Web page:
Heather Levy’s debut novel Walking Through Needles was published this month and is getting some amazing attention, including a review in a little hometown newspaper called The New York Times. Get your copy right here, or wherever you love to buy books.
Here’s a description:
“From an early age, Sam Mayfair knew she was different. Like any young girl, she developed infatuations and lust–but her desires were always tinged with darkness. Then, when Sam was sixteen, her life was shattered by an abuser close to her. And she made one shocking decision whose ramifications would reverberate throughout her life.
Now, fifteen years later, Sam learns that her abuser has been murdered. The death of the man who plagued her dreams for years should have put an end to the torture she’s endured. But when her stepbrother, Eric, becomes the prime suspect, Sam is flung back into the hell of her rural Oklahoma childhood. As Sam tries to help exonerate Eric, she must hide terrifying truths of their past from investigators. Yet as details of the murder unravel, Sam quickly learns that some people, including herself, will do anything to keep their secrets buried deep. Walking Through Needles is a riveting and unflinching look at violence, sexuality, and desire from a compelling and unforgettable new voice in Heather Levy.”
I am so pleased to catch up with Heather and hear more about her writing and her encounters with fear, including a house spirit that needed to be snuffed out.
Have you ever had any paranormal experiences or premonitions?
I can’t say I believe in ghosts in the traditional sense, but I one hundred percent believe in good and bad energy after a person has passed. One of the most terrifying experiences my husband and I ever had happened a few months after my dad’s unexpected passing. We were living at our prior home, an old English Tudor, and our son was a toddler still. Out of nowhere, he started waking up in the middle of the night, screaming as if someone was murdering him. My husband would sleep through it, so I’d get up to check on our son. One night, I opened my son’s door to see him, eyes wide, staring at the opposite corner of his room as he uncontrollably sobbed. The look of pure terror on his face made my knees knock, I was so scared for him. I tried to enter his room; I say tried because there was what felt like an invisible force pushing against me, preventing me from entering. All I wanted to do was to get to my baby and take him out of that room, so I pushed through the dense force to get to him. I never told my husband about it because it seemed too nuts to be real.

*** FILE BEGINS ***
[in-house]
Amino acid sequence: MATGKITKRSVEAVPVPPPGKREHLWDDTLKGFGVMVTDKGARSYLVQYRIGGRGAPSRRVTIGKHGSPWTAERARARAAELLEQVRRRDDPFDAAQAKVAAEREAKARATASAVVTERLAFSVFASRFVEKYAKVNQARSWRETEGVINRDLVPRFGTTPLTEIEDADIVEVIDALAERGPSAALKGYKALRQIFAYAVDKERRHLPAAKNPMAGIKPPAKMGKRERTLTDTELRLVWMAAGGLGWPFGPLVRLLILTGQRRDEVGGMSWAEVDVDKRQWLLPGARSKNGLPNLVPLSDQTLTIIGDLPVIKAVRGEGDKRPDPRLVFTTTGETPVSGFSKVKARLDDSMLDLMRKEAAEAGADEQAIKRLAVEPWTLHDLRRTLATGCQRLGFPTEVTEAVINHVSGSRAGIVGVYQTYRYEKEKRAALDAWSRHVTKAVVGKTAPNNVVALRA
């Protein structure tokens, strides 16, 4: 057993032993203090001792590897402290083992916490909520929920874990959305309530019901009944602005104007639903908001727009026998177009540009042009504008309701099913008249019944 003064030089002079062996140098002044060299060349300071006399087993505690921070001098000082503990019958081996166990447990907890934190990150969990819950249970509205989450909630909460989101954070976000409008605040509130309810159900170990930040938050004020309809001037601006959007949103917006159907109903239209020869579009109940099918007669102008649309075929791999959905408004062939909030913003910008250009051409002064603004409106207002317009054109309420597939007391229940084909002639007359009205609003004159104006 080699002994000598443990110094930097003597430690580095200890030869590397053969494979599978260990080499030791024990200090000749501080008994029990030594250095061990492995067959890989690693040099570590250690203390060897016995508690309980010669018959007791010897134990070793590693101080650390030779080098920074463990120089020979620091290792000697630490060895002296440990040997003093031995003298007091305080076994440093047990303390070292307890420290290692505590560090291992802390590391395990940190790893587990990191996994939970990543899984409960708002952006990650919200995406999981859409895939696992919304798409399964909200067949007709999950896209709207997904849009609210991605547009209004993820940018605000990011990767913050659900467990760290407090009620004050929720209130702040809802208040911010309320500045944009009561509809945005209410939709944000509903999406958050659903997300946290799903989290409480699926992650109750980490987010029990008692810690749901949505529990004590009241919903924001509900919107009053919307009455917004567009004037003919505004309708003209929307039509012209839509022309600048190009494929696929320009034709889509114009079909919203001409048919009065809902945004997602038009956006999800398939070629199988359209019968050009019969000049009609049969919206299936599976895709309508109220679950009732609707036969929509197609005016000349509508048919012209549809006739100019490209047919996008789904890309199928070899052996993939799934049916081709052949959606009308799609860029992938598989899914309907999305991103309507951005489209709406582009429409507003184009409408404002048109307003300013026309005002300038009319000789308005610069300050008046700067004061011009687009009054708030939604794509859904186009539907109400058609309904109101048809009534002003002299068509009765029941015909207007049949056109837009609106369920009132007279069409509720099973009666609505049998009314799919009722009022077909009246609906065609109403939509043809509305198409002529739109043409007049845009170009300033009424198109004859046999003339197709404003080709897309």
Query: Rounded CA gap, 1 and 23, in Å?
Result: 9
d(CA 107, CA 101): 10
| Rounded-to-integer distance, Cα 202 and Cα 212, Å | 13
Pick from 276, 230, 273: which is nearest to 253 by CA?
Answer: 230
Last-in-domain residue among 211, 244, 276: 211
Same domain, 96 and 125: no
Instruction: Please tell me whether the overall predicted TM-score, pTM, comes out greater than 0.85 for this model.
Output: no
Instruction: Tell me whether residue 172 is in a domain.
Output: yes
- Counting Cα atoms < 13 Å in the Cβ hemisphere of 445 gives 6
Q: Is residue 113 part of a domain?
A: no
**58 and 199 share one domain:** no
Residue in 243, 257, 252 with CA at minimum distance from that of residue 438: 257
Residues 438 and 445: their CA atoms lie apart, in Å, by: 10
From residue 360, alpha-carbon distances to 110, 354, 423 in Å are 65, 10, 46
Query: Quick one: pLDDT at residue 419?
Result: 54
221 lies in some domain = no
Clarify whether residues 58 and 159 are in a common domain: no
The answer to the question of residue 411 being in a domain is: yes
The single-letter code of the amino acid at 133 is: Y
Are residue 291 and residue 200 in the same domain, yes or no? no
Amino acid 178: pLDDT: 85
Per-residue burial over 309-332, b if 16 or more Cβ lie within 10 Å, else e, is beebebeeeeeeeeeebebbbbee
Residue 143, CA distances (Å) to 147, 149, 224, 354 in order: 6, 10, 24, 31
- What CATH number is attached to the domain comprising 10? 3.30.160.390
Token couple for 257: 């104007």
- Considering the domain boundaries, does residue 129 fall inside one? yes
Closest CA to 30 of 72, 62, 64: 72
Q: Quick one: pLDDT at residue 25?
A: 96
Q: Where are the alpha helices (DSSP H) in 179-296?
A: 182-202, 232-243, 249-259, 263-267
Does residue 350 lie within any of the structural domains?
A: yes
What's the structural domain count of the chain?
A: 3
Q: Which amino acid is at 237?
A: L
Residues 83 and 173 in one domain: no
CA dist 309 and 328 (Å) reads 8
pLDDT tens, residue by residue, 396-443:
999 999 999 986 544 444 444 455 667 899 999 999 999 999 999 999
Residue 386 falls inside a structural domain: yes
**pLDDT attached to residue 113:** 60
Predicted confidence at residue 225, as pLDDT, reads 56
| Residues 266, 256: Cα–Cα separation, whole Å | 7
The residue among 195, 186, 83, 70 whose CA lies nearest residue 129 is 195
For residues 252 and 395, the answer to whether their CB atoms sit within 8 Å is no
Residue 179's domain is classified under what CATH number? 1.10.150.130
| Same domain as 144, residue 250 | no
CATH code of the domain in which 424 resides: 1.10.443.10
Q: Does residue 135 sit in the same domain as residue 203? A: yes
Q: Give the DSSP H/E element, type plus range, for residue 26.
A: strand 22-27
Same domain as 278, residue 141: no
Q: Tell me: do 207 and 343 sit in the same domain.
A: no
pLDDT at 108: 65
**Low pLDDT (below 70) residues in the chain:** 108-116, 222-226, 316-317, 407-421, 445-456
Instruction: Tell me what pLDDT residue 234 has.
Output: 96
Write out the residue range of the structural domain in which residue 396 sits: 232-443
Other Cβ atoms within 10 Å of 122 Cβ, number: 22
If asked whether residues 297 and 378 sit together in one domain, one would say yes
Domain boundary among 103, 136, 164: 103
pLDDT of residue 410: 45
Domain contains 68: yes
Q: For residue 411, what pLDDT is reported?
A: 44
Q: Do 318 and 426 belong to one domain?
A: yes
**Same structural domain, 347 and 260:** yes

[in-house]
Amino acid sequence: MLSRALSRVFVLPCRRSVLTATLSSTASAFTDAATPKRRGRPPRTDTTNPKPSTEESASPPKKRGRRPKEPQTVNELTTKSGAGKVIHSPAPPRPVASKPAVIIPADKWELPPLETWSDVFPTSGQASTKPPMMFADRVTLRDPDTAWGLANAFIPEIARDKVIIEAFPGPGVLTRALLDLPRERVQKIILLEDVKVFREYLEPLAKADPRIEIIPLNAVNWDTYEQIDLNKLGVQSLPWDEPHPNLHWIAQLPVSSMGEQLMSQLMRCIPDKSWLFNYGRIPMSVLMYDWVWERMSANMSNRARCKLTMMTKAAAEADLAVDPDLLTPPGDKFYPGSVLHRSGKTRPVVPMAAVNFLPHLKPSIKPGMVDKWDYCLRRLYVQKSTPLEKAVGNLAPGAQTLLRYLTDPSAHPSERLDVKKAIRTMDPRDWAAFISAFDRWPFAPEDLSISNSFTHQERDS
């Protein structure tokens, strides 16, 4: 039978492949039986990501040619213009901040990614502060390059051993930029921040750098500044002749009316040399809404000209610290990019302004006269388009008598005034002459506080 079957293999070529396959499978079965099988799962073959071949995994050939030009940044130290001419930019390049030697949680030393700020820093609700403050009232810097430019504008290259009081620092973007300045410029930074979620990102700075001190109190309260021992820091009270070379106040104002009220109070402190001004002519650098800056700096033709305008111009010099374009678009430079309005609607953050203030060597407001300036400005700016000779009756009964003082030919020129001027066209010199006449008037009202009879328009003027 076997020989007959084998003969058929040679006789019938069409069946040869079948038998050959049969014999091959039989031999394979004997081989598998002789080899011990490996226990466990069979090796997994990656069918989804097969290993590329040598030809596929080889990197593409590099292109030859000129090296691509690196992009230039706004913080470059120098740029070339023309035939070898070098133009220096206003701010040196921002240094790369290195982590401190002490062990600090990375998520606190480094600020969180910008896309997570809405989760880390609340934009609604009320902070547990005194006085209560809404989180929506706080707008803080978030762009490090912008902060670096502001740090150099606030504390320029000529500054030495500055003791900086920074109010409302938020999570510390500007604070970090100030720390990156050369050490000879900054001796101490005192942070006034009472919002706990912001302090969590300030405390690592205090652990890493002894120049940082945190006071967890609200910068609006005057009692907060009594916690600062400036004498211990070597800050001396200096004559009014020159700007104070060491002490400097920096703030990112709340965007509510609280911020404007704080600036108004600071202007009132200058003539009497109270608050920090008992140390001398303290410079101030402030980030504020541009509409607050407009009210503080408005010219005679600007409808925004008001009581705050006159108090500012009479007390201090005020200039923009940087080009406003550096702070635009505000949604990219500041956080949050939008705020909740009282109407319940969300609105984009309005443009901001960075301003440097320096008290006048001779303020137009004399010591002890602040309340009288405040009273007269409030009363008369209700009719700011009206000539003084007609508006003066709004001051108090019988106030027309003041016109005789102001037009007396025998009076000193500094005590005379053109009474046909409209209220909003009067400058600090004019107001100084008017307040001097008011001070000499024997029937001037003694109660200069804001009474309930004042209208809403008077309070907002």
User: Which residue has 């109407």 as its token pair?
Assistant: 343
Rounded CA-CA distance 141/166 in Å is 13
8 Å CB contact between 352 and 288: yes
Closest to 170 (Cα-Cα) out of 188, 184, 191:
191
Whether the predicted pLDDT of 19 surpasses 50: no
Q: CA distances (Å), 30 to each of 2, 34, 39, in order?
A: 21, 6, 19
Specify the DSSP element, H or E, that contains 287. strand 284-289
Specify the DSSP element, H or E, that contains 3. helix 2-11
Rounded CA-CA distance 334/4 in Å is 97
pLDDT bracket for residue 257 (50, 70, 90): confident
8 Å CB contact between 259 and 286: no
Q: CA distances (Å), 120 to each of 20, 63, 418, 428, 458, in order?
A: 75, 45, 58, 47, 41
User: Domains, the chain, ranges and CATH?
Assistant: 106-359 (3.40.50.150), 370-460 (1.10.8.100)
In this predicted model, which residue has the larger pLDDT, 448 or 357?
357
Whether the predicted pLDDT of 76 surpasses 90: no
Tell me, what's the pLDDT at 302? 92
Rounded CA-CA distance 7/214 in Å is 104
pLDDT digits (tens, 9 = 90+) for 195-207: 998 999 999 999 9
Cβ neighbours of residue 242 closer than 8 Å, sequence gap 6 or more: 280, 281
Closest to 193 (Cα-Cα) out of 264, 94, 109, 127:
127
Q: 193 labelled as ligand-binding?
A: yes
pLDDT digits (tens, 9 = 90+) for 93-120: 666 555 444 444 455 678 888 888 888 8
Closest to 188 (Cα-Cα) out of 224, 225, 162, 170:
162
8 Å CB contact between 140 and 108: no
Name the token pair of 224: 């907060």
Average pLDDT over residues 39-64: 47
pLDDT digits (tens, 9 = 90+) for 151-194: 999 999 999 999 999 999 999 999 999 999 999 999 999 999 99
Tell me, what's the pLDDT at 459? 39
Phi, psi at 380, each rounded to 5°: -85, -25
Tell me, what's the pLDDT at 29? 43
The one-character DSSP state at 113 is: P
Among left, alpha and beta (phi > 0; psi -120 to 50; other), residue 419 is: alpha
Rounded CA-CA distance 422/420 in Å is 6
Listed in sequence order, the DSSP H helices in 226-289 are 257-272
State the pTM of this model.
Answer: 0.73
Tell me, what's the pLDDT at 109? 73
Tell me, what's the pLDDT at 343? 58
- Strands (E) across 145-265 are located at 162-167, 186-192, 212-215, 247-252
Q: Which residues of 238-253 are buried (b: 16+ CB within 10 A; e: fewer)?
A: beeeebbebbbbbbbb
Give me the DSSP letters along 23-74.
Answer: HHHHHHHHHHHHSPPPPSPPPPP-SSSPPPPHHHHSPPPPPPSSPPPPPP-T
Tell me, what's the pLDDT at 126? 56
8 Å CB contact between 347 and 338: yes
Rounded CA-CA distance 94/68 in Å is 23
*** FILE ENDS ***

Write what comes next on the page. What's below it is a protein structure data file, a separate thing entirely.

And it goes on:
Not too long after that night, my husband and I were inexplicably fighting over every little thing—something unusual for us—and I left the house to cool off, leaving my husband in the house with our son. When I got back, my husband was sitting on the couch, his face white and blank with fear. He told me our son woke up crying, and when he tried to enter his room to get him, he sensed a force he described as “not friendly” blocking him from entering. Now, my husband is the biggest skeptic, even more so than me, and I could tell he was afraid he was losing his mind until I admitted my own experience. After I told my younger sister about it, she suggested doing a sage smudging, which she and I did throughout the house. After the smudging, our son stopped waking up screaming and our house felt so much lighter. It was the weirdest thing, and I swear it had to have been related to my father’s death. I imagined he was confused and maybe pissed about his passing, and his energy was hanging around our house.
What is your greatest fear as a writer?
As a writer, my greatest fear is having my intentions misinterpreted. With my debut Walking Through Needles, I knew it was going to be a tough, possibly triggering book for some people. I tried to approach the difficult themes in my book as delicately as I could, but no writer can please every reader. It’s impossible. All we can do as writers is get out the best damn story we can; the rest is out of our hands.